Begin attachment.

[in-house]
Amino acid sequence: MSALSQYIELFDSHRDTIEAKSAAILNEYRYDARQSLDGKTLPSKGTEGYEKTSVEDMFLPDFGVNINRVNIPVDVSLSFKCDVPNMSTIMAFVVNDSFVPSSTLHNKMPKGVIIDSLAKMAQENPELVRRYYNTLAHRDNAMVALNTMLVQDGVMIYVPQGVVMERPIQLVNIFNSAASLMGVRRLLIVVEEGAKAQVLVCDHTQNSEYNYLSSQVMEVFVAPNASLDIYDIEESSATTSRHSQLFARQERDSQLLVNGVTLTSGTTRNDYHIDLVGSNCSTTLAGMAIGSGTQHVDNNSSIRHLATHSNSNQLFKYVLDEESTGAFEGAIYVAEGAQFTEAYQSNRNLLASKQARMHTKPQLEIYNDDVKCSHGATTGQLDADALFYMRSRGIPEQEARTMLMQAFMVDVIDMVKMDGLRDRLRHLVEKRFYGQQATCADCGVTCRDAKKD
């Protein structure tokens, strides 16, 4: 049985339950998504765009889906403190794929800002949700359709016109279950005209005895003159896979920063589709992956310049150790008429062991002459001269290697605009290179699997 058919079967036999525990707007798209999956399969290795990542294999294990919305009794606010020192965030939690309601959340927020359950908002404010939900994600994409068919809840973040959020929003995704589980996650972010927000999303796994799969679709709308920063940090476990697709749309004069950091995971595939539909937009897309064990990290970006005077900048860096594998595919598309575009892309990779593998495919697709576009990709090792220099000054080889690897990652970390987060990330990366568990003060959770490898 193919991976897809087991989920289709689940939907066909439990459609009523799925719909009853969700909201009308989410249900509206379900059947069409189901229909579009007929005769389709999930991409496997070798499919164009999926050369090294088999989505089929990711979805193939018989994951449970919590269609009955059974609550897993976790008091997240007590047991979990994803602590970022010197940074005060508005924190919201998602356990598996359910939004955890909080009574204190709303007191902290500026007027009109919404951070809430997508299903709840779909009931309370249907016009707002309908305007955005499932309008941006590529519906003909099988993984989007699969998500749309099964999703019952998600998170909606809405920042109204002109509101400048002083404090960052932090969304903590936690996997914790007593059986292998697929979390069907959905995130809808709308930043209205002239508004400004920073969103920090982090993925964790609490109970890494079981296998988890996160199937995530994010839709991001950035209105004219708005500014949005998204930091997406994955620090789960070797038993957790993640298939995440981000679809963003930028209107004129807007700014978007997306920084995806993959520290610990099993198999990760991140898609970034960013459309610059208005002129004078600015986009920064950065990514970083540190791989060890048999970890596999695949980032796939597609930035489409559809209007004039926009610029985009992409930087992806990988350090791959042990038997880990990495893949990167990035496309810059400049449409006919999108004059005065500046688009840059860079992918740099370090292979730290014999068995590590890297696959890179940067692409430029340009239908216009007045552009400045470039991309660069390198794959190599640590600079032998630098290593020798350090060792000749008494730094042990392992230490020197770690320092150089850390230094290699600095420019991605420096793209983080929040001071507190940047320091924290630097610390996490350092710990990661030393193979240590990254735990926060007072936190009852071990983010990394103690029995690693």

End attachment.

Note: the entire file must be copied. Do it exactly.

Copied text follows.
[in-house]
Amino acid sequence: MSALSQYIELFDSHRDTIEAKSAAILNEYRYDARQSLDGKTLPSKGTEGYEKTSVEDMFLPDFGVNINRVNIPVDVSLSFKCDVPNMSTIMAFVVNDSFVPSSTLHNKMPKGVIIDSLAKMAQENPELVRRYYNTLAHRDNAMVALNTMLVQDGVMIYVPQGVVMERPIQLVNIFNSAASLMGVRRLLIVVEEGAKAQVLVCDHTQNSEYNYLSSQVMEVFVAPNASLDIYDIEESSATTSRHSQLFARQERDSQLLVNGVTLTSGTTRNDYHIDLVGSNCSTTLAGMAIGSGTQHVDNNSSIRHLATHSNSNQLFKYVLDEESTGAFEGAIYVAEGAQFTEAYQSNRNLLASKQARMHTKPQLEIYNDDVKCSHGATTGQLDADALFYMRSRGIPEQEARTMLMQAFMVDVIDMVKMDGLRDRLRHLVEKRFYGQQATCADCGVTCRDAKKD
């Protein structure tokens, strides 16, 4: 049985339950998504765009889906403190794929800002949700359709016109279950005209005895003159896979920063589709992956310049150790008429062991002459001269290697605009290179699997 058919079967036999525990707007798209999956399969290795990542294999294990919305009794606010020192965030939690309601959340927020359950908002404010939900994600994409068919809840973040959020929003995704589980996650972010927000999303796994799969679709709308920063940090476990697709749309004069950091995971595939539909937009897309064990990290970006005077900048860096594998595919598309575009892309990779593998495919697709576009990709090792220099000054080889690897990652970390987060990330990366568990003060959770490898 193919991976897809087991989920289709689940939907066909439990459609009523799925719909009853969700909201009308989410249900509206379900059947069409189901229909579009007929005769389709999930991409496997070798499919164009999926050369090294088999989505089929990711979805193939018989994951449970919590269609009955059974609550897993976790008091997240007590047991979990994803602590970022010197940074005060508005924190919201998602356990598996359910939004955890909080009574204190709303007191902290500026007027009109919404951070809430997508299903709840779909009931309370249907016009707002309908305007955005499932309008941006590529519906003909099988993984989007699969998500749309099964999703019952998600998170909606809405920042109204002109509101400048002083404090960052932090969304903590936690996997914790007593059986292998697929979390069907959905995130809808709308930043209205002239508004400004920073969103920090982090993925964790609490109970890494079981296998988890996160199937995530994010839709991001950035209105004219708005500014949005998204930091997406994955620090789960070797038993957790993640298939995440981000679809963003930028209107004129807007700014978007997306920084995806993959520290610990099993198999990760991140898609970034960013459309610059208005002129004078600015986009920064950065990514970083540190791989060890048999970890596999695949980032796939597609930035489409559809209007004039926009610029985009992409930087992806990988350090791959042990038997880990990495893949990167990035496309810059400049449409006919999108004059005065500046688009840059860079992918740099370090292979730290014999068995590590890297696959890179940067692409430029340009239908216009007045552009400045470039991309660069390198794959190599640590600079032998630098290593020798350090060792000749008494730094042990392992230490020197770690320092150089850390230094290699600095420019991605420096793209983080929040001071507190940047320091924290630097610390996490350092710990990661030393193979240590990254735990926060007072936190009852071990983010990394103690029995690693």